The Spanish playwright Juan Ruiz de Alarcón y Mendoza (1581-1639) was a major figure of Spain's Golden Age, 1580-1680. His work is distinguished by mastery of humorous dialogue and by use of a thesis, or basic premise, to satirize common human failings.
Juan Ruiz de Alarcón was born in Mexico to parents from distinguished Spanish families. He was educated in both Mexico and Spain and obtained two law degrees. He returned to Spain in 1614 and became a playwright, and there he received most of his acclaim.
Perhaps Alarcón's colonial background and certainly his physical defect (he was hunchbacked) inspired the monstrous jibes directed at him, such as "dwarfed camel," "monkey," and "trunk poet." Although Alarcón returned the barbs in kind, bitterness may account for the presence in his plays of characters who lack physical grace but possess impressive moral strength. At the same time, several of his physically attractive characters invite disapproval because of some moral defect. For example, the handsome but scan-dalmongering Don Mendo in Las paredes oyen (The Walls Have Ears) loses the lovely Ana to Don Juan de Mendoza, who describes himself as "poor, ugly and with a very undistinguished appearance."
Alarcón wrote less than 30 plays, all in verse. In spite of his output, relatively small in his day, he ranks among the European comic geniuses. His most famous play is La verdad sospechosa (The Suspected Truth), which the French dramatist Pierre Corneille adapted and in part literally translated as Le Menteur (1644; The Liar). The Suspected Truth tells the story of a personable young university graduate who is, in the 17th century sense, a complete caballero except for one notable moral defect: impulsive lying. From this Alarcón developed multiple situations affording sparkling entertainment while pointing out a moral.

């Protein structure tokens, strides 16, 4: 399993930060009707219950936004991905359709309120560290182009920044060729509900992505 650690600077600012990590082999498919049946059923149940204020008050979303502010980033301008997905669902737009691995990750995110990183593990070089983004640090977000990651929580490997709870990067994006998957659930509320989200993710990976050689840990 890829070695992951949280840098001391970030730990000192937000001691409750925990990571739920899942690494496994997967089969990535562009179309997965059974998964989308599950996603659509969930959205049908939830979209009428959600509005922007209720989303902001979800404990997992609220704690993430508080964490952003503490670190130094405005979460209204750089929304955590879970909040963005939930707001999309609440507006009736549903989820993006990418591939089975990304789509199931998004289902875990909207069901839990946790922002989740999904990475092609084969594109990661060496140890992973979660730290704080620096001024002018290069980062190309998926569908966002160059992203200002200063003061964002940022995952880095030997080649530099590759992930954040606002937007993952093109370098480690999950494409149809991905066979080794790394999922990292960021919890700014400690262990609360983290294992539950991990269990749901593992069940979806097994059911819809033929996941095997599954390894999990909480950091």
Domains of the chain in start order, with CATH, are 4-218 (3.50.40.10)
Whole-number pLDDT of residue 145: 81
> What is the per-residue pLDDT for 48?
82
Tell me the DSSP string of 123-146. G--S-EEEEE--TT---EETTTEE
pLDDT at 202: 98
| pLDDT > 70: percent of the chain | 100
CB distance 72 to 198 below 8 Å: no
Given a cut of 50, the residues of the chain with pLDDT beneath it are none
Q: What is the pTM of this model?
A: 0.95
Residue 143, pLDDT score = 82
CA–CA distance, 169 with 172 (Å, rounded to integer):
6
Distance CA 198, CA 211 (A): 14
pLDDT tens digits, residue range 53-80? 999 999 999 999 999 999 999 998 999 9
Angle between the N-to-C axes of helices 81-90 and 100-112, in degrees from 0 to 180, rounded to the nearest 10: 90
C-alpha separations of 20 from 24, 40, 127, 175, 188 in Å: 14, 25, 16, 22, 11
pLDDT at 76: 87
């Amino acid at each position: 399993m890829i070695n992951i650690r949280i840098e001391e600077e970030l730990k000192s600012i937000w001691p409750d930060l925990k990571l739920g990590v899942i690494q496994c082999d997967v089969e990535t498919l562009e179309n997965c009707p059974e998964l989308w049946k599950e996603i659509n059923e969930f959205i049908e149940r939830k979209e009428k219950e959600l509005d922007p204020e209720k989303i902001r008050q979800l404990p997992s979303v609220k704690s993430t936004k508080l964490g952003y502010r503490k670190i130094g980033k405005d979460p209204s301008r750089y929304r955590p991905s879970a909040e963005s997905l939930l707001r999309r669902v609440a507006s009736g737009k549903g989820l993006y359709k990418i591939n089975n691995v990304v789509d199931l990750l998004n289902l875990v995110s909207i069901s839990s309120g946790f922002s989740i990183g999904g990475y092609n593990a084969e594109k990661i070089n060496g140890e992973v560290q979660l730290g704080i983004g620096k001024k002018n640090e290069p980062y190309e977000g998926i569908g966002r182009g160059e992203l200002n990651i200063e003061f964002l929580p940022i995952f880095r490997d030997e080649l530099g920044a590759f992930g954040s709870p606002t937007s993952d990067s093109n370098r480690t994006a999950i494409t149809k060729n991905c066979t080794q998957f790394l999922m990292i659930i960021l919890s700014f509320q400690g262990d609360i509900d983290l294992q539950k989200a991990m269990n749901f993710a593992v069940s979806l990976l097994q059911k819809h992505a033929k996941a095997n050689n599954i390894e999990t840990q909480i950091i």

Many of his protagonists have a ruling passion, a convention adopted by the French playwright Moli'e in, for example, L'Avare (1668; The Miser). One early play by Alarcón, No hay mal que por bien no venga (From Evil Good Always Springs), features a protagonist to whom comfort is the motive for every decision or act, whether important or trivial, except in matters of honor. In Mudarse por mejorarse (His Eye on the Main Chance) the indecisive Don Garcia loses the love of the beautiful, wealthy Clara because of his vacillation between her and her niece.
Occasionally Alarcón departed from writing his customary thesis plays. Then he abandoned his usual moderation for a more exuberant style, as in El anticristo (The Anti-Christ) and the second part of El tejedor de Segovia (The Segovian Weaver).
There is no biography of Alarcón in English. He is included in two general studies, George Tyler Northup, An Introduction to Spanish Literature (1925; 3d ed., revised by Nicholas B. Adams, 1960), and Richard E. Chandler and Kessel Schwartz, A New History of Spanish Literature (1961). His complete works have been published in Spanish, Obras completas de Juan Ruiz de Alarcón, edited by Agustin Millares Carlo (3 vols., 1957-1968). □